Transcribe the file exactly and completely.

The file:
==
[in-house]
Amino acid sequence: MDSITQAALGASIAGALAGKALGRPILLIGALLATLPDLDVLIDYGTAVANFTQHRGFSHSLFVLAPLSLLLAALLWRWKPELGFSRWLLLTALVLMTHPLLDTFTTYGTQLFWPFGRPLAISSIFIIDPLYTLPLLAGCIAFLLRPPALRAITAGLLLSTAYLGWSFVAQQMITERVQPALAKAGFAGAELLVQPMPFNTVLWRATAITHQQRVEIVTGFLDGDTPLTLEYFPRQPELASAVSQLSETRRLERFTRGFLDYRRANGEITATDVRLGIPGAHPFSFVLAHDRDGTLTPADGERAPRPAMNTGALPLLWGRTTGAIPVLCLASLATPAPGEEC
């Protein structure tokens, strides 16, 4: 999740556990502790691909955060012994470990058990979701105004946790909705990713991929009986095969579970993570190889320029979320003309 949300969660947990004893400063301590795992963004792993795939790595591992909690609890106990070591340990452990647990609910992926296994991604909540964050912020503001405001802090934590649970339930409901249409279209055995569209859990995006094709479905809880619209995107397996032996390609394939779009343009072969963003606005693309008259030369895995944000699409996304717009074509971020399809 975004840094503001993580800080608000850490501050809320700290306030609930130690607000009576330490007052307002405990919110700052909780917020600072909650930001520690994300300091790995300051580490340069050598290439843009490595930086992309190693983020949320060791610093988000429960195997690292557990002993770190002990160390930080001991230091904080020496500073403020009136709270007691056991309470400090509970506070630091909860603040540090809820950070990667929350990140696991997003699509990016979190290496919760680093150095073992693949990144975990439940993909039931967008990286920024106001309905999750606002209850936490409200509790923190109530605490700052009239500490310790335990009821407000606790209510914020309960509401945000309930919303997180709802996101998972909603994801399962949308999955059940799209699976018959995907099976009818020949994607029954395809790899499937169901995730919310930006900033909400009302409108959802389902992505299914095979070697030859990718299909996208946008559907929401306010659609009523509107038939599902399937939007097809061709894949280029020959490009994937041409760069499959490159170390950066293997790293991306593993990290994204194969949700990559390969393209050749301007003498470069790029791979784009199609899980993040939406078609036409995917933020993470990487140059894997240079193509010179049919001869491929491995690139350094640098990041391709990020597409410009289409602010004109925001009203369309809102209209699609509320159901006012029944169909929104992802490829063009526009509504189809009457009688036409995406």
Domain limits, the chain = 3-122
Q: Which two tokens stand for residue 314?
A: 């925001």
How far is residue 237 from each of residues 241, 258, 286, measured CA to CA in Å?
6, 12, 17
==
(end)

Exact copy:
[in-house]
Amino acid sequence: MDSITQAALGASIAGALAGKALGRPILLIGALLATLPDLDVLIDYGTAVANFTQHRGFSHSLFVLAPLSLLLAALLWRWKPELGFSRWLLLTALVLMTHPLLDTFTTYGTQLFWPFGRPLAISSIFIIDPLYTLPLLAGCIAFLLRPPALRAITAGLLLSTAYLGWSFVAQQMITERVQPALAKAGFAGAELLVQPMPFNTVLWRATAITHQQRVEIVTGFLDGDTPLTLEYFPRQPELASAVSQLSETRRLERFTRGFLDYRRANGEITATDVRLGIPGAHPFSFVLAHDRDGTLTPADGERAPRPAMNTGALPLLWGRTTGAIPVLCLASLATPAPGEEC
């Protein structure tokens, strides 16, 4: 999740556990502790691909955060012994470990058990979701105004946790909705990713991929009986095969579970993570190889320029979320003309 949300969660947990004893400063301590795992963004792993795939790595591992909690609890106990070591340990452990647990609910992926296994991604909540964050912020503001405001802090934590649970339930409901249409279209055995569209859990995006094709479905809880619209995107397996032996390609394939779009343009072969963003606005693309008259030369895995944000699409996304717009074509971020399809 975004840094503001993580800080608000850490501050809320700290306030609930130690607000009576330490007052307002405990919110700052909780917020600072909650930001520690994300300091790995300051580490340069050598290439843009490595930086992309190693983020949320060791610093988000429960195997690292557990002993770190002990160390930080001991230091904080020496500073403020009136709270007691056991309470400090509970506070630091909860603040540090809820950070990667929350990140696991997003699509990016979190290496919760680093150095073992693949990144975990439940993909039931967008990286920024106001309905999750606002209850936490409200509790923190109530605490700052009239500490310790335990009821407000606790209510914020309960509401945000309930919303997180709802996101998972909603994801399962949308999955059940799209699976018959995907099976009818020949994607029954395809790899499937169901995730919310930006900033909400009302409108959802389902992505299914095979070697030859990718299909996208946008559907929401306010659609009523509107038939599902399937939007097809061709894949280029020959490009994937041409760069499959490159170390950066293997790293991306593993990290994204194969949700990559390969393209050749301007003498470069790029791979784009199609899980993040939406078609036409995917933020993470990487140059894997240079193509010179049919001869491929491995690139350094640098990041391709990020597409410009289409602010004109925001009203369309809102209209699609509320159901006012029944169909929104992802490829063009526009509504189809009457009688036409995406």
Domain limits, the chain = 3-122
Q: Which two tokens stand for residue 314?
A: 């925001």
How far is residue 237 from each of residues 241, 258, 286, measured CA to CA in Å?
6, 12, 17